The developer claims streets and public space across the neighbourhood will immediately become cleaner and safer as on-street parking is removed and vehicle movements are reduced.
Development company Manchester Life has submitted plans for an urban mobility hub that claims to “tear up the business-as-usual” approach by prioritising streets for people over vehicles.
The application on behalf of Manchester City Council aims to support clean air and climate change priorities and the next phase of housing growth in the areas of Ancoats and New Islington.
From the end of 2023, the Ancoats Mobility Hub would operate as a shared facility to ensure Ancoats grows as a people-first neighbourhood that provides sustainable and shared mobility choices.
The company claims streets and public space across the neighbourhood will immediately become cleaner and safer as on-street parking is removed and vehicle movements across the area are reduced.
The hub will encourage the shift away from petrol and diesel cars and remove the need for private parking within future developments, enabling designers to focus on creating places for people to relax and enjoy.
“The hub is a UK first. Anyone who thinks this is ‘just another car park’ is massively missing the point”
Manchester Life explained that the hub aims to break the traditional link between residential leases and car parking leases, allowing residents to acquire and relinquish a right to a parking space as their circumstances change.
This flexibility ensures access to parking is not a barrier for residents to stay in the neighbourhood as their housing and mobility needs change, such as when starting a family.
The neighbourhood delivery depot will reduce the increase in vehicle movements caused by online ordering. It will receive local deliveries and parcels, which will then be collected by residents or taken to individual developments via small electric vans or cargo bikes.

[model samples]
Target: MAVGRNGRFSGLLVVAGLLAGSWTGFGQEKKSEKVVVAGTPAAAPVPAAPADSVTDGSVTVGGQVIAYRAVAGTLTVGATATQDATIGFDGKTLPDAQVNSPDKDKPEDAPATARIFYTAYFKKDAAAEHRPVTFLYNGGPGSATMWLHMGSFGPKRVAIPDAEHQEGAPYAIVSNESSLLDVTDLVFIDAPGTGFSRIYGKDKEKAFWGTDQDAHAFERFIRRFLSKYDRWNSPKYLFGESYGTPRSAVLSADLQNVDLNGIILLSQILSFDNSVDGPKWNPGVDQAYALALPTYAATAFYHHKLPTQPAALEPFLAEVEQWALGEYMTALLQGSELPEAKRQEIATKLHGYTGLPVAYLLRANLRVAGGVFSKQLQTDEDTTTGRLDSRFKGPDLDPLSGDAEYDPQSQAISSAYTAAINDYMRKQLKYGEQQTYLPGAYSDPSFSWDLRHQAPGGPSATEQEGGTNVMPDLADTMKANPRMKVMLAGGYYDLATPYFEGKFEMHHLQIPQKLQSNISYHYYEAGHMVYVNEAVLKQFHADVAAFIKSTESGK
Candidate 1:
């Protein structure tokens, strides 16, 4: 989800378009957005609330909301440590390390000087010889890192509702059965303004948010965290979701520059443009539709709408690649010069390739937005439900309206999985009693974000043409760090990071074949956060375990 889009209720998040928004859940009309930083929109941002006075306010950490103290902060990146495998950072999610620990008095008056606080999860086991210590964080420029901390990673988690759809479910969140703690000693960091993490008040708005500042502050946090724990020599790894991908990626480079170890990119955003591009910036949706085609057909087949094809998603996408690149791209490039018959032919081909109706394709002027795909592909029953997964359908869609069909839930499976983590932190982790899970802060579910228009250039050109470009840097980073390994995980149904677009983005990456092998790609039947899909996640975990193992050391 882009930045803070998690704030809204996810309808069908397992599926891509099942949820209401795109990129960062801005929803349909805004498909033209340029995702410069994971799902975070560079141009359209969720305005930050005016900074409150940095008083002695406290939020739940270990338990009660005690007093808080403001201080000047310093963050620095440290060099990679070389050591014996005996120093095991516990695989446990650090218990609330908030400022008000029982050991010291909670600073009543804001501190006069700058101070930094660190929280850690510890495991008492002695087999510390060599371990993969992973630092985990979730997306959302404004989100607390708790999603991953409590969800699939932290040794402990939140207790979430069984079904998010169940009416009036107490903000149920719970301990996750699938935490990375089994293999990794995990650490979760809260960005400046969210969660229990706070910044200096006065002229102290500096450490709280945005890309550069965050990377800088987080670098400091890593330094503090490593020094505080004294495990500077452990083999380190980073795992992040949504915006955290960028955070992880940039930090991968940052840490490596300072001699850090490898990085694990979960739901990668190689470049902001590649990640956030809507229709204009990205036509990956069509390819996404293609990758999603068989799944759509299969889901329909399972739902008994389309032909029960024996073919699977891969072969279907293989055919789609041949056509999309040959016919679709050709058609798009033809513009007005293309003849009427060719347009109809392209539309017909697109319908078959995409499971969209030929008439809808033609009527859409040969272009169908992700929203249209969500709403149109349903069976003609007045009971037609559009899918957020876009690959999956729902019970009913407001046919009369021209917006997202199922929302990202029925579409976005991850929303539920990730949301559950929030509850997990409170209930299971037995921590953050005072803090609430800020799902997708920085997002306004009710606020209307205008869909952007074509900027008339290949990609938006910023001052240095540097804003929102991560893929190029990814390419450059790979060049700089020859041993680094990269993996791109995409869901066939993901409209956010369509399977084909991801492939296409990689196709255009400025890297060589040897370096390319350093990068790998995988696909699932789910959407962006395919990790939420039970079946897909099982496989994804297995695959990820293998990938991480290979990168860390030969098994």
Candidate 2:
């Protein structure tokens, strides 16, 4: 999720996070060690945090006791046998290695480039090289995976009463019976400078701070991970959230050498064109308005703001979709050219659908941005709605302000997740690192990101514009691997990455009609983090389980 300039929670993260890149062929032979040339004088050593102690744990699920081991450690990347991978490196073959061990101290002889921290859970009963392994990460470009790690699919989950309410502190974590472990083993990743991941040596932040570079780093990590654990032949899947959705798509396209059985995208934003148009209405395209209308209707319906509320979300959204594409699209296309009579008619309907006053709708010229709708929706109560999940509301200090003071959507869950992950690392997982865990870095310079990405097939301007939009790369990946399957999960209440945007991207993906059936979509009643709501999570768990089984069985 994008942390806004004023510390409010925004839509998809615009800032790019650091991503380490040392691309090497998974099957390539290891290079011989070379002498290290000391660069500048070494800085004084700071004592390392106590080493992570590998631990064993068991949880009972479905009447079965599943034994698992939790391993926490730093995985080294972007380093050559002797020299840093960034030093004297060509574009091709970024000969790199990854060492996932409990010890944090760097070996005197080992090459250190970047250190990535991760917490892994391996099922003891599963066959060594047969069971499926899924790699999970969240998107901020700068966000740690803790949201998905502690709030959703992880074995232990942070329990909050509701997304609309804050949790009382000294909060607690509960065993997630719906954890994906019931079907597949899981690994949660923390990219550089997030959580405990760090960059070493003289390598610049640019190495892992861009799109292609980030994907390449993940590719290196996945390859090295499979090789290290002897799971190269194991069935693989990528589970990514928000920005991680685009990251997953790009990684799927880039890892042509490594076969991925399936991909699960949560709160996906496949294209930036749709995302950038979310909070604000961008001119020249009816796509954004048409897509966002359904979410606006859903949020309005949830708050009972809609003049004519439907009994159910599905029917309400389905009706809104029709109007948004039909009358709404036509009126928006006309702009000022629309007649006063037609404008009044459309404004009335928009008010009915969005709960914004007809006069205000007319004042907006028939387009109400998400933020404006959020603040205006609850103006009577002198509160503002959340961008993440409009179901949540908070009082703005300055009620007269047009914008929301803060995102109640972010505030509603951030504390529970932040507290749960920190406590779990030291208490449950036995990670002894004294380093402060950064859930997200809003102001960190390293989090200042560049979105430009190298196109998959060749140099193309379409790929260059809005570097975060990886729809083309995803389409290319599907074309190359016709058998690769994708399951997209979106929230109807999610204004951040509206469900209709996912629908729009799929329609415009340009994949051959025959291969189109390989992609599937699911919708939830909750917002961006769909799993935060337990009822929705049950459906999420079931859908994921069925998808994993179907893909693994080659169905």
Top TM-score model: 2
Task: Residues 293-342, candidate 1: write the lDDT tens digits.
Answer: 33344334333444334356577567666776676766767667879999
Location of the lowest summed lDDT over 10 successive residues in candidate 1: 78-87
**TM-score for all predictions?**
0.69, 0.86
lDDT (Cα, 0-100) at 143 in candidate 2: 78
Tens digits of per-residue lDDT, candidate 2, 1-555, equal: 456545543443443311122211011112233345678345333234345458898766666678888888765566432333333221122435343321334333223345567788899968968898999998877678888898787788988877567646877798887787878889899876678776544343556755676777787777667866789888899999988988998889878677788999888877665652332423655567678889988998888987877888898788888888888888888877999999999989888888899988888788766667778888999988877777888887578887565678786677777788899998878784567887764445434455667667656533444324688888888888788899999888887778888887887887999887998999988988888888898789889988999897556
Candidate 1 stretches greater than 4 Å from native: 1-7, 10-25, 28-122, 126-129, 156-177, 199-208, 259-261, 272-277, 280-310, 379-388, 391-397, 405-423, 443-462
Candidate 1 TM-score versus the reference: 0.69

“The hub is a UK first. Anyone who thinks this is ‘just another car park’ is massively missing the point,” said Sir Richard Leese, leader of Manchester City Council. “The purpose of a car park is to park cars. The purpose of the hub is to help transform the neighbourhood over time, pioneering new ways of getting around and encouraging people to choose greener and healthier transport options. This is about thinking and acting differently.
“We have to recognise that many people who choose to live in the city centre require cars for their daily life and work. But we do want to be very deliberate in making sustainable transport changes easier and more attractive – encouraging the use of electric vehicles, cycles and other forms of active travel while supporting the transition away from petrol and diesel.”
Local resident and Cafe Cotton owner Chris Griffiths believes it is going to change the feel of the neighbourhood for the better and added: “The proposals have made me think of my carbon footprint as a resident and business owner. The hub would enable us to take two cars off the road. Imagine if other businesses could do the same? It will help us achieve our aim to be a carbon-neutral business.
“Undoubtedly, it’s one of the most critical developments in Ancoats, and I hope other neighbourhoods take it as a blueprint to do things better.”
Other community facilities include a commercial unit which will be prioritised for a community and cycle repair café adjacent to Ancoats Green, and 150 secure cycle parking spaces with changing facilities for public use. A team will manage the delivery hub, e-bikes, the car club and parking spaces will be managed via an app.
Forty per cent of the hub site area is car-free outdoor public space, with a new and well-lit walking and cycling link to connect the green into Ancoats to increase community usage and improve public safety.
“As a place maker and developer, it is critical that Manchester Life responds to the future needs of the neighbourhood,” said Marty Edelman, executive chairman of Manchester Life. “We took this approach when we formed Manchester Life in 2014, and the neighbourhood has since become an incredible community brought to life by its people and businesses.
“Undoubtedly, it’s one of the most critical developments in Ancoats, and I hope other neighbourhoods take it as a blueprint to do things better”
“As we think about the future needs of Ancoats, its road limitations, and overlay with the city’s climate response and transport priorities, the need for a mobility hub is clear. This is a bold project that will improve life on day one and set the future of Ancoats on a sustainable path.”
The hub would be located on land owned by the city council and currently occupied by low-rise warehouse units adjacent to Ancoats Green, which is the shortest and least disruptive route for vehicles to enter and leave the neighbourhood from Oldham Road.
The plans directly respond to Manchester City Council’s emerging Ancoats Public Realm Strategy, City Centre Transport Strategy, and the 2020 Poland Street Zone Neighbourhood Development Framework.
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